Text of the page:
Center for Digital Health

The Lessons of COVID-19

Harnessing the power of digital health for future emergency response.

Screenshot of COVID DashboardCOVID-19 has highlighted over and over again how underprepared our country and global community were to battle a pandemic. Misinformation was rampant, our healthcare systems were overwhelmed, and testing was severely lacking. As we transition back into a more “normal” society, we must focus on what we can do to improve responses in the future. I believe developing our digital health infrastructure will play a key role in reshaping our emergency preparedness plans as a nation. 

The necessity of access 

Our access to health news and the most updated guidelines are tied directly to the internet. In emergency times, when social distancing and “stay-at-home” orders are high, we have turned to technology as our source of information. According to research, about half of Americans receive their vaccine news from social media (1). More so than ever, news, information, and updates have been delivered via the digital world. But what happens to the 22.5% of households without internet access, the 8% without a computer, and 16% without access to a smartphone (2,3)? For those without digital access, while the nation is socially distant, where do they learn about emergency alerts, new mask mandates, or vaccine policy announcements? 

To ensure compliance with public health guidelines and a unified nationwide emergency response, there needs to be a population base with access to the correct information in a timely manner. Even outside of contagious disease, the internet and smartphones are used to transmit other forms of emergency response information such as tornado or hurricane warnings. The biggest tool we have at our disposal in preparing for a national emergency is technology. With social media, the internet, and various other platforms, we have the ability to arm many citizens with quick, uniform knowledge on how to protect themselves and families. For example, it was well within our limits to “flatten the curve” and prevent our health systems from becoming overwhelmed if people properly adhered to health guidelines. However, to properly adhere, we need everyone to have access to the information. Furthermore, during emergencies, the daily activities of life have become more dependent on technology as well. COVID-19 has forced the rapid adaptation to social distancing (e.g. Telehealth, online school). These innovations are certainly powerful and allow more flexibility to patients who have the technological means to access these programs. However, we as a nation cannot continue to marginalize those without the means to use these programs. Telehealth, for example, is used significantly less frequently in areas where there are larger populations of non-English-speakers and people with lower household incomes (4). Certainly, the infrastructure bill’s expansion of broadband access is progress, but we must continue to build towards increasing access. The internet has become a vital way to help citizens be more prepared for emergencies, but in order to do so equitably, digital infrastructure needs to be provided to all households so everyone has access to this information rapidly, not just those with the means to acquire high-speed, reliable internet services.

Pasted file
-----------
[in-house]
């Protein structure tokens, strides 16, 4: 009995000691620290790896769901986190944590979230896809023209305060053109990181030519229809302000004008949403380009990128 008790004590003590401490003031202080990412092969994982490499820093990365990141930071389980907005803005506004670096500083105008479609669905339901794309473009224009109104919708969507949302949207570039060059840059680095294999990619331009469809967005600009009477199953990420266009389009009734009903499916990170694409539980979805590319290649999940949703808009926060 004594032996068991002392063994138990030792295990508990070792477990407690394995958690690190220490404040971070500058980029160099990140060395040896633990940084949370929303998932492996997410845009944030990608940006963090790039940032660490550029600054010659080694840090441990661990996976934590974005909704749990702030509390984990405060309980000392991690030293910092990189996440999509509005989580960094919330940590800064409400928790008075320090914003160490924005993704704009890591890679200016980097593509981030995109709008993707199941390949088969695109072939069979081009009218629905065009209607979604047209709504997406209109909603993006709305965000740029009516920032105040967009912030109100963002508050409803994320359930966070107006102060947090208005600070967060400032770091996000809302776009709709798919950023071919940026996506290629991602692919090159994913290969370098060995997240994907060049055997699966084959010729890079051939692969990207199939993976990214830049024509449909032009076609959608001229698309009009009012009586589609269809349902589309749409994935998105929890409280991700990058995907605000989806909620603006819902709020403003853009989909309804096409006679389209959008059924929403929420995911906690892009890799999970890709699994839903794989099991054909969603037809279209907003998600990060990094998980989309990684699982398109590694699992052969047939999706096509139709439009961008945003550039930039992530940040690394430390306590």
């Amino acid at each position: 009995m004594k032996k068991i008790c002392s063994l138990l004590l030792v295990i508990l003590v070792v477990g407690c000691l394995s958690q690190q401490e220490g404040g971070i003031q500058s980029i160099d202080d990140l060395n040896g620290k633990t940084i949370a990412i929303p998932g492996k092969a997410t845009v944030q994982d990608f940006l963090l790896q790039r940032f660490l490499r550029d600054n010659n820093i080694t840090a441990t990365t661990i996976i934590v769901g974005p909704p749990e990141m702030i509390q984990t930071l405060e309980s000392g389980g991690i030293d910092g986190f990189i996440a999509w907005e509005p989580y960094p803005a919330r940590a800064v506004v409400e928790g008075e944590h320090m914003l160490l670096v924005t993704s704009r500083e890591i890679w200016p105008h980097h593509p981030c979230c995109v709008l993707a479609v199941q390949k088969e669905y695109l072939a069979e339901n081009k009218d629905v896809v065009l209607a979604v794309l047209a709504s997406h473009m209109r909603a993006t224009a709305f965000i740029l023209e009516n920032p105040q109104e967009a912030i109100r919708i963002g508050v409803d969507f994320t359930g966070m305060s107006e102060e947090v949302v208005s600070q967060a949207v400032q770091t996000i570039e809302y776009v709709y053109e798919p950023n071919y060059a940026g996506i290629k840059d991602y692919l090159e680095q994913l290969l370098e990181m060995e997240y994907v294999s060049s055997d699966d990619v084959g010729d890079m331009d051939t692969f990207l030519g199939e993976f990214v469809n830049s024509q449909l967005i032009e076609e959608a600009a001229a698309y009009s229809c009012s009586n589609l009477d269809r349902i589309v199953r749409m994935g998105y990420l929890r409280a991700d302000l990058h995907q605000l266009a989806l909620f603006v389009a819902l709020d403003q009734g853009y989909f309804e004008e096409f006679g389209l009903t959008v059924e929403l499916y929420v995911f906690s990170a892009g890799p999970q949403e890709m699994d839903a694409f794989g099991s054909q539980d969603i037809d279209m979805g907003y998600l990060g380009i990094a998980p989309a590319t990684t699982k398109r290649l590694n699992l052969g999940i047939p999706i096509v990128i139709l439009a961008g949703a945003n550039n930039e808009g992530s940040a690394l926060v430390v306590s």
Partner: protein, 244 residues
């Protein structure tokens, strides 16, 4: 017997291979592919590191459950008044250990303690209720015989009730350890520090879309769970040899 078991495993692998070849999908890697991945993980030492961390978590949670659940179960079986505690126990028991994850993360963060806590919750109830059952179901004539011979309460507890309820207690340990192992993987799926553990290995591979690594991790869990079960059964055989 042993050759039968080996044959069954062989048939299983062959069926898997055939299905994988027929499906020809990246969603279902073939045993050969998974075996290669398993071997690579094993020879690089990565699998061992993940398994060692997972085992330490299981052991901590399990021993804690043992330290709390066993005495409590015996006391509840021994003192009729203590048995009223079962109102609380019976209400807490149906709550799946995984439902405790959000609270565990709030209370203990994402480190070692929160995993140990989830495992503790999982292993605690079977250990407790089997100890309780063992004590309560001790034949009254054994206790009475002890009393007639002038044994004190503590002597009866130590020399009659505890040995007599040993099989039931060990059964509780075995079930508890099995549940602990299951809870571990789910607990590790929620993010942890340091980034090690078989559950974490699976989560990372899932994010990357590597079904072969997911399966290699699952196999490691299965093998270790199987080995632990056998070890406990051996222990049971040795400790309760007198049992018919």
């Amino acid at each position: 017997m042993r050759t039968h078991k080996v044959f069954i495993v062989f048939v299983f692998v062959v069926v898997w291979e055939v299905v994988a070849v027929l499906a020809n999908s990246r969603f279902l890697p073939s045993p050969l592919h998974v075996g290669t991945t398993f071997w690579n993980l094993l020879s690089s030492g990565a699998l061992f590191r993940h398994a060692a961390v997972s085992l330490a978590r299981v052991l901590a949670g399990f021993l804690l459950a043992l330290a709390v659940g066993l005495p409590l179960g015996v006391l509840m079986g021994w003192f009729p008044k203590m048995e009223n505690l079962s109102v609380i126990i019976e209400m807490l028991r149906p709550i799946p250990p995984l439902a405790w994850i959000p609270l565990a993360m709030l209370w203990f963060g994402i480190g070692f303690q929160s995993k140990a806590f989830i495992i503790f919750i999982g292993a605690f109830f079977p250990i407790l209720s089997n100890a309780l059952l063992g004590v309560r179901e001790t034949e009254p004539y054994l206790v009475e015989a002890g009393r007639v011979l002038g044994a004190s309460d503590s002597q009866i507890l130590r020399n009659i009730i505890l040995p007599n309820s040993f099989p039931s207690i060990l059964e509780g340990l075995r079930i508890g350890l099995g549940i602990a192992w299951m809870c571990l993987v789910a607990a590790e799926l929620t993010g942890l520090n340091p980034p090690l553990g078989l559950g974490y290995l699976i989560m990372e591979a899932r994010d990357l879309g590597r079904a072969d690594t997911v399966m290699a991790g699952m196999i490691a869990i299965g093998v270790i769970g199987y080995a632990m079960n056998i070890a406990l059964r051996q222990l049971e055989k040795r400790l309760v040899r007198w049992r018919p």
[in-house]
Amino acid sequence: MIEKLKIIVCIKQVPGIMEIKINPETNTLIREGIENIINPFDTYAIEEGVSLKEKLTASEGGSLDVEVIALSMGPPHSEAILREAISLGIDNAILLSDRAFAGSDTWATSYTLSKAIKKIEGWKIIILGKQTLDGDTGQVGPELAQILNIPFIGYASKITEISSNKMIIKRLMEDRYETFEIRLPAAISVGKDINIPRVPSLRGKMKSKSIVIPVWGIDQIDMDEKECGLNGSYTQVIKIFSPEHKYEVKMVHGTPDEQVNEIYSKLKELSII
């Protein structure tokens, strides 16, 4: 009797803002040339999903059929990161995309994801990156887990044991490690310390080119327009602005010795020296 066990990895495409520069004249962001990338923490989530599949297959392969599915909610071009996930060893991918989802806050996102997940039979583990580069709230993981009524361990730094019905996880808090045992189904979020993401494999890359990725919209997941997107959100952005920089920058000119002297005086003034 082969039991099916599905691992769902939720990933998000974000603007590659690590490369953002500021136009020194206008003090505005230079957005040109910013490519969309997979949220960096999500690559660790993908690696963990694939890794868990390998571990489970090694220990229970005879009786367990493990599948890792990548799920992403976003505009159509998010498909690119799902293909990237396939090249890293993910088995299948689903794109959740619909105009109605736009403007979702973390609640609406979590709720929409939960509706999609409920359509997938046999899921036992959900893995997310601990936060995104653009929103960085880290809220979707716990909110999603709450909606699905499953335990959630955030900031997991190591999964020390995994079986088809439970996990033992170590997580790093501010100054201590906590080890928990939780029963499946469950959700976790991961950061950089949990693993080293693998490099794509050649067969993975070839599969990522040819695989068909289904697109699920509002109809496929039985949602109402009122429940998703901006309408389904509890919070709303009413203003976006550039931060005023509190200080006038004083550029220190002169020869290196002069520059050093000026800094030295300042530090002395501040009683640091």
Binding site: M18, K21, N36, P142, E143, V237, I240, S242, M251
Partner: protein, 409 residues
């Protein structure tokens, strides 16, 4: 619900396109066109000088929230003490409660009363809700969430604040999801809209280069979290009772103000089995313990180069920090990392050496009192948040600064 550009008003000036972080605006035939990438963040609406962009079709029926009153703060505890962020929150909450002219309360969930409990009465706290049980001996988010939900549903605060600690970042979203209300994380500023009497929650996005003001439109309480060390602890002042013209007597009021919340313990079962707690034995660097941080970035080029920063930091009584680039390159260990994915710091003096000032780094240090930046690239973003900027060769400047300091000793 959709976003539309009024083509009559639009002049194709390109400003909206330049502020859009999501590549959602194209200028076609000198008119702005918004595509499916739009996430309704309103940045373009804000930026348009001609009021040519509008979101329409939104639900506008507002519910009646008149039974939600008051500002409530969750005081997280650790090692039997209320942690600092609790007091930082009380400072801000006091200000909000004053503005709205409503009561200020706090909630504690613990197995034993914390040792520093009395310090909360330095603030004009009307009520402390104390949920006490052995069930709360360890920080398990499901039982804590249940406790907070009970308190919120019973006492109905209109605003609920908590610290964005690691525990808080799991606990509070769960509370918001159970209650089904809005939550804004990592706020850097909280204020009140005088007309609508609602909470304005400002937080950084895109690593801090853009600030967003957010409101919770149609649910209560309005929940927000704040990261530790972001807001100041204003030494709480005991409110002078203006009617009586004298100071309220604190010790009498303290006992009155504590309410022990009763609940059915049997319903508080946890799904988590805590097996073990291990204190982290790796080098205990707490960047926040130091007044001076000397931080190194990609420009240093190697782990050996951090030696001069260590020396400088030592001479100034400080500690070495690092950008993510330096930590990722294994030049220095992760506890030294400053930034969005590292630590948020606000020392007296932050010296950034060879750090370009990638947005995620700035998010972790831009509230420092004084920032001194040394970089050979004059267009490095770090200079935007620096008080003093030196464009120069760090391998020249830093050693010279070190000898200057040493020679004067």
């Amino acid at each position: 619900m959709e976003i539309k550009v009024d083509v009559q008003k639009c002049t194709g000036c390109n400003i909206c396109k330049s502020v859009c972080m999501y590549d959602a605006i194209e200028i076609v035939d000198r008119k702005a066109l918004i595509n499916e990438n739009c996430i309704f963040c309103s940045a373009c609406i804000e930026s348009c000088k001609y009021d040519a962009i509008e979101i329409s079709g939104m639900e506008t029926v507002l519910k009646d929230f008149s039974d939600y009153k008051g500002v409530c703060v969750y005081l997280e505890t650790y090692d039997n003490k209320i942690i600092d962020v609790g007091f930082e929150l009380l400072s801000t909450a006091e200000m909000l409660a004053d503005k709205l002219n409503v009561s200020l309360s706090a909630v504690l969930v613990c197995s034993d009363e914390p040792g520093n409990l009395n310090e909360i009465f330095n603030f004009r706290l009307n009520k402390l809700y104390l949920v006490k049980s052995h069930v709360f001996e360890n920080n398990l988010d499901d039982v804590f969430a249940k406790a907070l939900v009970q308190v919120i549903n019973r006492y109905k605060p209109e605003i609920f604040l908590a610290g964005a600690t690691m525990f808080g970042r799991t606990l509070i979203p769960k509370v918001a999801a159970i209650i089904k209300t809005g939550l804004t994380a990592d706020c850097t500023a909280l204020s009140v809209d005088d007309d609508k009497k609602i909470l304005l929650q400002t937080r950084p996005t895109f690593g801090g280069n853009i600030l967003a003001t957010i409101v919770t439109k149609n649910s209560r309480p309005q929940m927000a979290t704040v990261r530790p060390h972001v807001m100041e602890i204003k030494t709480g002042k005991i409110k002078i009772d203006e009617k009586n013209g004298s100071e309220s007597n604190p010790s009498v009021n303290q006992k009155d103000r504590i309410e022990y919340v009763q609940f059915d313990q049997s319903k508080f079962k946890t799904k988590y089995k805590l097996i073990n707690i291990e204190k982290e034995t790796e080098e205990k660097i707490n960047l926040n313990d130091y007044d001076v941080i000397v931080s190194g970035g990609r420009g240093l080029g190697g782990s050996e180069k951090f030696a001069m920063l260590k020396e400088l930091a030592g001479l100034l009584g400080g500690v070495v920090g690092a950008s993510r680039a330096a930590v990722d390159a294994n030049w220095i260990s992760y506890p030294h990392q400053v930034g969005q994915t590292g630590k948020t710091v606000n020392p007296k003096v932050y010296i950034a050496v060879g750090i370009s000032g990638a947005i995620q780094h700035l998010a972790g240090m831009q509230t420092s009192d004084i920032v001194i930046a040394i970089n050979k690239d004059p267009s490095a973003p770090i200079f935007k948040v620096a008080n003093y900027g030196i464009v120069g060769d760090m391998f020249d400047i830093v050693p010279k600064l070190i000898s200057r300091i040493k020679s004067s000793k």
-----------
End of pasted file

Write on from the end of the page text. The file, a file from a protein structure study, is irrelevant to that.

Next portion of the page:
Proper Education of the workforce  

On the other side of the digital patient-provider relationship in emergency preparedness is the necessity for providers to fully understand and utilize electronic health records (EHRs) and Telehealth, specifically for tracking national data. Today, EHRs are the top cause of physician burnout, and a transition to reliance on Telehealth services has compounded this (5). In a pandemic or national emergency, EHR health informatics are essential to supporting therapeutic treatments and facilitating care. However, high patient volumes and an increased demand to record necessary tracking information worsen stress.